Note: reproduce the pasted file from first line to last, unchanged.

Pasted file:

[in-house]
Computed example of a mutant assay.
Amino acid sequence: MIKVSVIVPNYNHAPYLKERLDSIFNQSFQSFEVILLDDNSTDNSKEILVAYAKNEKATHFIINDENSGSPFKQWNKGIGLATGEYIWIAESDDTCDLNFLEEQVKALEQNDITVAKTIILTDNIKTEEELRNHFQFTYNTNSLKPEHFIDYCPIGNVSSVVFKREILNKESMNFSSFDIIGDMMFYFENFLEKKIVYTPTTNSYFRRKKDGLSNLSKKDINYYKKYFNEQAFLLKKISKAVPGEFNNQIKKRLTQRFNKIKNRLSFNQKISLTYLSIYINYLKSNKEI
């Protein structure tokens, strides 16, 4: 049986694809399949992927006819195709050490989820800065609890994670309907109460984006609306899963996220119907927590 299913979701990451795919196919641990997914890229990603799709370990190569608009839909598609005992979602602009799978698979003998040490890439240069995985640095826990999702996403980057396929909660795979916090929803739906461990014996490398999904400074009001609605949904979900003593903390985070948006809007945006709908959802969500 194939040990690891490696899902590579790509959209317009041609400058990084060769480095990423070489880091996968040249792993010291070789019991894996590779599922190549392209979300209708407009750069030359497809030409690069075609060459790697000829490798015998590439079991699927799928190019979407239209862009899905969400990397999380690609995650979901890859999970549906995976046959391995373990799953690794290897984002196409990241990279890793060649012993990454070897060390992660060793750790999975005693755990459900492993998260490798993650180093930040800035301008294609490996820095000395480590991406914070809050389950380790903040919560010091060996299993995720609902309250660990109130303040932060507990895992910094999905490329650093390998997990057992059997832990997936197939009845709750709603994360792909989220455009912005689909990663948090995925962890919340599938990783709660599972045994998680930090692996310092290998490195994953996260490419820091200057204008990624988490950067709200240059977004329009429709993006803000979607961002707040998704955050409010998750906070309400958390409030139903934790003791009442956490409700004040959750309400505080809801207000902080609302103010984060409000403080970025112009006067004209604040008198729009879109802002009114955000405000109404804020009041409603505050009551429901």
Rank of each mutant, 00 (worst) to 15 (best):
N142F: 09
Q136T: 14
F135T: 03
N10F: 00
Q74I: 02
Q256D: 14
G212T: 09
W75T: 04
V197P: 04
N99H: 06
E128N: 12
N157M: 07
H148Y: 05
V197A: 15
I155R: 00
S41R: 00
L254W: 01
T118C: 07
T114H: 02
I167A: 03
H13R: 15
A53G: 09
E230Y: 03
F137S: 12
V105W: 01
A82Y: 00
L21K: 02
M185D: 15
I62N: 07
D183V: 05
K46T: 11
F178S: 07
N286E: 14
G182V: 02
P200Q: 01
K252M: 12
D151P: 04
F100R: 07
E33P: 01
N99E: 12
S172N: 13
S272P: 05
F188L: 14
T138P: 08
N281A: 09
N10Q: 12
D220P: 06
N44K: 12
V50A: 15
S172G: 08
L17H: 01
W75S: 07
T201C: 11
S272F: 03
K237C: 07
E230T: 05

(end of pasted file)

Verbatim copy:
[in-house]
Computed example of a mutant assay.
Amino acid sequence: MIKVSVIVPNYNHAPYLKERLDSIFNQSFQSFEVILLDDNSTDNSKEILVAYAKNEKATHFIINDENSGSPFKQWNKGIGLATGEYIWIAESDDTCDLNFLEEQVKALEQNDITVAKTIILTDNIKTEEELRNHFQFTYNTNSLKPEHFIDYCPIGNVSSVVFKREILNKESMNFSSFDIIGDMMFYFENFLEKKIVYTPTTNSYFRRKKDGLSNLSKKDINYYKKYFNEQAFLLKKISKAVPGEFNNQIKKRLTQRFNKIKNRLSFNQKISLTYLSIYINYLKSNKEI
């Protein structure tokens, strides 16, 4: 049986694809399949992927006819195709050490989820800065609890994670309907109460984006609306899963996220119907927590 299913979701990451795919196919641990997914890229990603799709370990190569608009839909598609005992979602602009799978698979003998040490890439240069995985640095826990999702996403980057396929909660795979916090929803739906461990014996490398999904400074009001609605949904979900003593903390985070948006809007945006709908959802969500 194939040990690891490696899902590579790509959209317009041609400058990084060769480095990423070489880091996968040249792993010291070789019991894996590779599922190549392209979300209708407009750069030359497809030409690069075609060459790697000829490798015998590439079991699927799928190019979407239209862009899905969400990397999380690609995650979901890859999970549906995976046959391995373990799953690794290897984002196409990241990279890793060649012993990454070897060390992660060793750790999975005693755990459900492993998260490798993650180093930040800035301008294609490996820095000395480590991406914070809050389950380790903040919560010091060996299993995720609902309250660990109130303040932060507990895992910094999905490329650093390998997990057992059997832990997936197939009845709750709603994360792909989220455009912005689909990663948090995925962890919340599938990783709660599972045994998680930090692996310092290998490195994953996260490419820091200057204008990624988490950067709200240059977004329009429709993006803000979607961002707040998704955050409010998750906070309400958390409030139903934790003791009442956490409700004040959750309400505080809801207000902080609302103010984060409000403080970025112009006067004209604040008198729009879109802002009114955000405000109404804020009041409603505050009551429901």
Rank of each mutant, 00 (worst) to 15 (best):
N142F: 09
Q136T: 14
F135T: 03
N10F: 00
Q74I: 02
Q256D: 14
G212T: 09
W75T: 04
V197P: 04
N99H: 06
E128N: 12
N157M: 07
H148Y: 05
V197A: 15
I155R: 00
S41R: 00
L254W: 01
T118C: 07
T114H: 02
I167A: 03
H13R: 15
A53G: 09
E230Y: 03
F137S: 12
V105W: 01
A82Y: 00
L21K: 02
M185D: 15
I62N: 07
D183V: 05
K46T: 11
F178S: 07
N286E: 14
G182V: 02
P200Q: 01
K252M: 12
D151P: 04
F100R: 07
E33P: 01
N99E: 12
S172N: 13
S272P: 05
F188L: 14
T138P: 08
N281A: 09
N10Q: 12
D220P: 06
N44K: 12
V50A: 15
S172G: 08
L17H: 01
W75S: 07
T201C: 11
S272F: 03
K237C: 07
E230T: 05